Slip Point

The most fun part about Slip Point by Karalynn Lee can be described in two words: “Space Pirates!” It makes me grin every time I even think about it. And I defy anyone to not be reminded of Firefly, just a teeny little bit. Very shiny.

But the roots of Slip Point rest in an entirely different science fiction epic. At the opening of the story, Jayce and Shay are just a boy and a girl growing up on a backwater planet, dreaming of going into space. Pretty much like Luke Skywalker dreamed of getting off Tatooine. Or, come to think of it, the way that James T. Kirk dreamed of leaving that Iowa cornfield, and Jean-Luc Picard dreamed of leaving his family’s winery in France. All of them were once-upon-a-time planetbound children dreaming of space. But then, aren’t we all?

Jayce and Shay watch the ships coming to their “Steader” world, a planet that has deliberately chosen to use as little technology as possible. They are waiting until Shay is old enough to go off-planet and take the Academy entrance exams without her mother’s permission. Jayce is a few months older, and his family is less rigid about him remaining at the family “Hearth”. But then, Jayce has siblings and Shay is an only child, her father is long dead. Or so she has been told.

But when they finally take that exam, and Jayce and Shay are within moments of seeing all their dreams come true, Shay’s dreams shatter into pieces. Her father is not dead. Daddy Dearest is an infamous space pirate. And the Space Corps didn’t want any applicants whose parents were infamous, and infamously successful, pirates. Shay left her dreams behind in the recruitment office. Along with Jayce. She abandoned her best friend, her first and only lover, without a single word of explanation, because Jayce was able to fulfill their dream, and Shay couldn’t.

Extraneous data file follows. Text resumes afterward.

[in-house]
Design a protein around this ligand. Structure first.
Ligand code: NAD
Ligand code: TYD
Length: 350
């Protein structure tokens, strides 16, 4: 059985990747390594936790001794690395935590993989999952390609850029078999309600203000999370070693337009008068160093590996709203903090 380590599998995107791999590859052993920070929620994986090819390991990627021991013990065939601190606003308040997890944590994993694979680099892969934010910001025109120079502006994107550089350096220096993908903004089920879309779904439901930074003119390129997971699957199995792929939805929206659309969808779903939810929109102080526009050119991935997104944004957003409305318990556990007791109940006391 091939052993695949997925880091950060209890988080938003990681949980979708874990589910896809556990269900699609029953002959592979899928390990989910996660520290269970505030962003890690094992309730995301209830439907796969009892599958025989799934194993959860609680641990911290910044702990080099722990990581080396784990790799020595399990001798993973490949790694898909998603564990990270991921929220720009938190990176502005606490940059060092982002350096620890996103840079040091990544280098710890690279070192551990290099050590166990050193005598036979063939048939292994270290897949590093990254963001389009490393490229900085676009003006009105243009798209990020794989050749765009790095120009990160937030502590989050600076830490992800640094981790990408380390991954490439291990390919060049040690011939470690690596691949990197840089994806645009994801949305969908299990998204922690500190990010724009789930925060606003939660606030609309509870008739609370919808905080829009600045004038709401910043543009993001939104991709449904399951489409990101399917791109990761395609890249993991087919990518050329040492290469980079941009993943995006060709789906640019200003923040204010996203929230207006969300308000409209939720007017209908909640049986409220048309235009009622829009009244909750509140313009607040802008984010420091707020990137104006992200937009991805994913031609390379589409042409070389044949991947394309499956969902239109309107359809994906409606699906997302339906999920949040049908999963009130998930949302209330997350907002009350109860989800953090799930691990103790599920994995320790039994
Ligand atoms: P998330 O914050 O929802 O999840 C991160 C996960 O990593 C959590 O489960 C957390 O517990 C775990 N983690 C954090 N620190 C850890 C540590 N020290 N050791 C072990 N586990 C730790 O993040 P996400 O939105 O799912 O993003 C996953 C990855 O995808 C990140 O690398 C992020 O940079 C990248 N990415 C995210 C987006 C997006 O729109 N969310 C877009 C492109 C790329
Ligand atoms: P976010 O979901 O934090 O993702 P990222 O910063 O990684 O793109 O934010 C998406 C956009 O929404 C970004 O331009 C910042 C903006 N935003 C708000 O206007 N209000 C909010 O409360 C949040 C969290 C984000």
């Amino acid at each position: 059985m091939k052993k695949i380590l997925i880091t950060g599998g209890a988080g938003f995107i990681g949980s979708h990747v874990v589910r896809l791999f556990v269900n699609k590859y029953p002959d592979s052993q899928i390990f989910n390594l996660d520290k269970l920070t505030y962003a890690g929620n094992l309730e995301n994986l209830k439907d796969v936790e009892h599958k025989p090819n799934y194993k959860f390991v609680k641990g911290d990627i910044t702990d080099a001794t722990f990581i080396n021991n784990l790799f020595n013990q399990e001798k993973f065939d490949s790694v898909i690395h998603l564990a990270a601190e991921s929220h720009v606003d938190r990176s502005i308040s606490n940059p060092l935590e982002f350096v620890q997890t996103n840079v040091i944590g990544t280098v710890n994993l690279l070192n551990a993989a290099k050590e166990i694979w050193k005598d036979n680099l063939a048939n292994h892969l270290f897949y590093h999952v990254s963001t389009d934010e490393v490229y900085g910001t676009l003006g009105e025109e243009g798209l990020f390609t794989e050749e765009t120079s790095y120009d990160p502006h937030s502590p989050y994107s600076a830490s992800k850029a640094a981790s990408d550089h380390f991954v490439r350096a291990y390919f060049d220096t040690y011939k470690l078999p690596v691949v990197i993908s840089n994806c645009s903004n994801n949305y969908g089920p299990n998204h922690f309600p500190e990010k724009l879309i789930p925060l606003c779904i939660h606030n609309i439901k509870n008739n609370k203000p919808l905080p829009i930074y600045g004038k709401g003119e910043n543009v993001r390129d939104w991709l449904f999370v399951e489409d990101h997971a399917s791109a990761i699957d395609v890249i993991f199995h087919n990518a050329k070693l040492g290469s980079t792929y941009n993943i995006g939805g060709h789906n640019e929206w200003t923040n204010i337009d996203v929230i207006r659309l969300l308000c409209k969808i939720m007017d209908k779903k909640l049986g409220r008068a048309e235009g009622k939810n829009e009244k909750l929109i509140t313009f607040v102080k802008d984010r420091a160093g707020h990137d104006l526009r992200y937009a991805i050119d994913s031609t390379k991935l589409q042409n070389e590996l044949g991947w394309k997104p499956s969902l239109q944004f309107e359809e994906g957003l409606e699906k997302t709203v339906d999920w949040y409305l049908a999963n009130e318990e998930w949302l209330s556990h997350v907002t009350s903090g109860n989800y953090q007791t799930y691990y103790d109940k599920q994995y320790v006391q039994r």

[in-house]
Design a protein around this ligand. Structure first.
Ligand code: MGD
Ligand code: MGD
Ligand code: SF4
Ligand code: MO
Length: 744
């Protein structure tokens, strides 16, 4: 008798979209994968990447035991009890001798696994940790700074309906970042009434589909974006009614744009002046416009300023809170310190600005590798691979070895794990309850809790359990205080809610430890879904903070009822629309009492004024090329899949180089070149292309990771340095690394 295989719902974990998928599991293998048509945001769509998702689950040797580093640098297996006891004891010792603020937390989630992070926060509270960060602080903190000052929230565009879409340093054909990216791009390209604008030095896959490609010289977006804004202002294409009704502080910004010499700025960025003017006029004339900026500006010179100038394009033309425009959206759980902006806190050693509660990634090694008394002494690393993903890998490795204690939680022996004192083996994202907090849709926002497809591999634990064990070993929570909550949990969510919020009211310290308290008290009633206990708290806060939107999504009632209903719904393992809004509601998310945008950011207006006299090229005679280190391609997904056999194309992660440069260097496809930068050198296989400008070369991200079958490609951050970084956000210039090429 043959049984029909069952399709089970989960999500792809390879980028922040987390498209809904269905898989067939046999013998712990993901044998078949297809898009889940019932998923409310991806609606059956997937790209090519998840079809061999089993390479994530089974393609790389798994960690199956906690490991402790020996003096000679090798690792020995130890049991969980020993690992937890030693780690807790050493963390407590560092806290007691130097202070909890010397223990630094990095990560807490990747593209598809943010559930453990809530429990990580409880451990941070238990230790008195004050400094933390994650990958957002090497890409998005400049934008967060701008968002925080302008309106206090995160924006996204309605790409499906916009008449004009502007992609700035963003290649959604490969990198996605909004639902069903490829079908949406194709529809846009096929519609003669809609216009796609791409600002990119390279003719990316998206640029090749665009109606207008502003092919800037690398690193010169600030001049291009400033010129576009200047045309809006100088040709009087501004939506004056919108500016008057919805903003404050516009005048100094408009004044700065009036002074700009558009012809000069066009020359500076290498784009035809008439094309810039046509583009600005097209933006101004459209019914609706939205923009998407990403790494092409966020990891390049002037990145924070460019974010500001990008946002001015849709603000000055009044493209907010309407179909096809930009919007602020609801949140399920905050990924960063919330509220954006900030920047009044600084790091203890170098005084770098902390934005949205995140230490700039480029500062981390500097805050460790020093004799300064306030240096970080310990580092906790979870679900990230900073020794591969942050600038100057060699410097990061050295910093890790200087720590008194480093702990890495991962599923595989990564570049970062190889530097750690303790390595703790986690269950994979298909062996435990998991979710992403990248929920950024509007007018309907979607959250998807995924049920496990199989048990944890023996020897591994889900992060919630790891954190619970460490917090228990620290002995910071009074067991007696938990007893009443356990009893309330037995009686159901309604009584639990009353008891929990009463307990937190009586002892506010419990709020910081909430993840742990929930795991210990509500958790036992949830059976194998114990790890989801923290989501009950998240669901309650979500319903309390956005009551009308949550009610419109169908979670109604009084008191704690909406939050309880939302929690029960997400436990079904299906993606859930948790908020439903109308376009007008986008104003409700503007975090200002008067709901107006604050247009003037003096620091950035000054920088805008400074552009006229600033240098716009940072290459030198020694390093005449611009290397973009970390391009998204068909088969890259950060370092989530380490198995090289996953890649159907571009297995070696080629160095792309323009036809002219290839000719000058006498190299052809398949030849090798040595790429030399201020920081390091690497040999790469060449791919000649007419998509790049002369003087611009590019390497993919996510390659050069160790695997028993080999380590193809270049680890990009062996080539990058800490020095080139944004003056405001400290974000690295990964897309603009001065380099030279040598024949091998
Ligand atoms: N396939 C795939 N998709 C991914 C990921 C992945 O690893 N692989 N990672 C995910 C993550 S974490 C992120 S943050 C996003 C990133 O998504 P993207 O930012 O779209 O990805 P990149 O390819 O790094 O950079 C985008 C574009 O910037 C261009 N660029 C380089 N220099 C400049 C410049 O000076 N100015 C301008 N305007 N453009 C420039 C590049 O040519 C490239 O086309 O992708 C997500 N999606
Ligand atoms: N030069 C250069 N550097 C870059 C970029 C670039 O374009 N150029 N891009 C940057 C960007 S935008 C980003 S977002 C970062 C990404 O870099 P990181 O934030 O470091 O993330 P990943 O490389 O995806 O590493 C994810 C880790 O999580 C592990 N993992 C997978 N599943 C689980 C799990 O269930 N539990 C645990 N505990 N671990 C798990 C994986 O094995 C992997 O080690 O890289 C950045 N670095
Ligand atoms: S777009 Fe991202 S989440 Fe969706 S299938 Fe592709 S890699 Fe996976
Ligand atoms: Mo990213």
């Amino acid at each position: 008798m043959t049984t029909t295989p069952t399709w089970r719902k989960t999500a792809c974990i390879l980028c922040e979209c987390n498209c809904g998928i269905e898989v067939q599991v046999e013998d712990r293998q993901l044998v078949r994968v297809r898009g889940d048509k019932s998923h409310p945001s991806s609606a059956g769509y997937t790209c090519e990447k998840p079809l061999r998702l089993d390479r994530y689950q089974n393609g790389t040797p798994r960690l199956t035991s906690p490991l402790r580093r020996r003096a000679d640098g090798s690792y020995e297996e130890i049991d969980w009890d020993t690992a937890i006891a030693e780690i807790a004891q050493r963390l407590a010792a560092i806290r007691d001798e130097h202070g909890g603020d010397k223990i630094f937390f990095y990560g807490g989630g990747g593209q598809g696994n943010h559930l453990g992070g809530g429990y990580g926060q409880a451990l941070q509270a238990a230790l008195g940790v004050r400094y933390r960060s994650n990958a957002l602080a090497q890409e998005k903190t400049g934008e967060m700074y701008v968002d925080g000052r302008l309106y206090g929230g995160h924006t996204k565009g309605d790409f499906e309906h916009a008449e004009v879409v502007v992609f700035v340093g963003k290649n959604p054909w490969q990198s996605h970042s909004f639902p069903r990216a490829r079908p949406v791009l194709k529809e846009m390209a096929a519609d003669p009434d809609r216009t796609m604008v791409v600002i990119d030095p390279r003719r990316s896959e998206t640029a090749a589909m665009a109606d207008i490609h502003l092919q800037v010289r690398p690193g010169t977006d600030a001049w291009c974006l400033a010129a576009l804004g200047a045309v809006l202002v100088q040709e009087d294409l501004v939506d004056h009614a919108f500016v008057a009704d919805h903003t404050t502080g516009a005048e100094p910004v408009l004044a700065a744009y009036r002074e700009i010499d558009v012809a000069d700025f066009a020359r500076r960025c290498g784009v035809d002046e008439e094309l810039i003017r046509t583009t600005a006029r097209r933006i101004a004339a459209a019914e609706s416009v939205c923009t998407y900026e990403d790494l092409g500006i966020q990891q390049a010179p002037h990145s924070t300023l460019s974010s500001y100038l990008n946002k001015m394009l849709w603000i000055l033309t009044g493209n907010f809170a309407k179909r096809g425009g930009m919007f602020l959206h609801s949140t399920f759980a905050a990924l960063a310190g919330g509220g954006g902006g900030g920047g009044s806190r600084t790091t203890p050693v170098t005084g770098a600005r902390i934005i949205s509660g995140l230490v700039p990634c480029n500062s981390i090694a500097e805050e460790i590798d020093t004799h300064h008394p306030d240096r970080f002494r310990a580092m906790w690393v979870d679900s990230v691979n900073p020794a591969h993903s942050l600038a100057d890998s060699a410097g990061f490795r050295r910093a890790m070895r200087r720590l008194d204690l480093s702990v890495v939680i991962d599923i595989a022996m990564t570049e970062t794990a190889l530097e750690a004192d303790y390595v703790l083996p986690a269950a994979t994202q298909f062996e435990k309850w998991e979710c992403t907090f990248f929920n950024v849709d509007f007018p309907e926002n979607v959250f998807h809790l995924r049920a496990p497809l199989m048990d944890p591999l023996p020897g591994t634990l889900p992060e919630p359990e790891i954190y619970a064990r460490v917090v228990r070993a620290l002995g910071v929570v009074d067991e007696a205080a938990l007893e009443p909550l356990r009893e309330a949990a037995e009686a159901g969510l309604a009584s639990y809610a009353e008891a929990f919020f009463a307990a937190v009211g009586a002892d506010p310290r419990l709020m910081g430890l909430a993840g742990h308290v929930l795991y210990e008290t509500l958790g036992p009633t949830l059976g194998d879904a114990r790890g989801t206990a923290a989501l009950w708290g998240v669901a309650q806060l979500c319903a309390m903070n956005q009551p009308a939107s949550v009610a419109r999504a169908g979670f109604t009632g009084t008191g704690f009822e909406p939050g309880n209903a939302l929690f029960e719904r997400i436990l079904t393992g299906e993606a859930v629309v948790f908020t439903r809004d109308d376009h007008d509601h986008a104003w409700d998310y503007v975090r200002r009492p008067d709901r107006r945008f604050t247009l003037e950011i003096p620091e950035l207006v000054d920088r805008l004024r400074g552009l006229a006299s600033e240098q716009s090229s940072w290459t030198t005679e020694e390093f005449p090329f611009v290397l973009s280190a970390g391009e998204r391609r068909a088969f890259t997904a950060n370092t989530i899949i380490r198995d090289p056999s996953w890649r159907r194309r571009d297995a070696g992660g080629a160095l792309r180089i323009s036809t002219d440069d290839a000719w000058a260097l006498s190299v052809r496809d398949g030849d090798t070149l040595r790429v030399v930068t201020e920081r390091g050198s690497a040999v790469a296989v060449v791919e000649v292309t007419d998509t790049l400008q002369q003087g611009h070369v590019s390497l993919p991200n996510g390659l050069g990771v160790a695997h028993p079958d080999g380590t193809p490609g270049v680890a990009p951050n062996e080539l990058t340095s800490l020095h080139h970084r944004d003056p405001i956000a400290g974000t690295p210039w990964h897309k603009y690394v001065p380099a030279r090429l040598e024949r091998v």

Shay took a completely different course. If her father kept her from joining the Space Corps, then she figured that he owed her a pilot’s berth. So Shay went looking for pirates.

Ten years later, Shay has become her father’s second-in-command. Not because she’s his daughter, but because she’s earned it. Not by being ruthless, but by being discriminating, and still profitable. Now he has a special job for her–a job that will involve government bureaucrats, newly discovered aliens, xenophobic terrorists, the Space Corps–and Jayce.

What Jayce can do to her heart is way more dangerous than anything the terrorists or even the military might possibly want to shoot her with.

Escape Rating B: I enjoyed the world-building, and I liked the character of Shay quite a bit. She’s definitely a strong enough character to be in charge of her own ship. I found it refreshing that she didn’t wait around for someone to rescue her when her dreams fell apart, she created her own “plan B” and carried it out. At the same time, she did it with the kind of thoughtlessness that would be typical of someone that age, filled with anger that Jayce got the dream and she didn’t.

There are elements of other female space opera heroines in Shay, I saw a lot of Ky Vatta from Elizabeth Moon’s Vatta’s War series. That’s a good comparison, I loved the Vatta’s War series and wish there were more. There is also a space piracy element in Vatta.

Which brings me to the thing that bothered me. Because Shay’s planet has such restricted access, Space Corps must know that Shay hasn’t seen or heard from her father. Why does his existence bar her from entry into the Corps? Something wasn’t explained there, or I’m just used to the average Space Corps being way more omnipotent, or at least omni-aware, than this one.

Shay and Jayce haven’t seen each other in ten years, but they were each other’s first love, first kiss, first everything. She left a gaping hole in his heart when she ran out. They need some serious healing to find their way back to each other, and the story works through that. They don’t pick up where they left off, and it shouldn’t.

One last thing, this book is too short! I want more of this world.  The story needed more details and background than the author had time to tell. And there are all sorts of interesting things going on, including first contact. Let’s come back here again.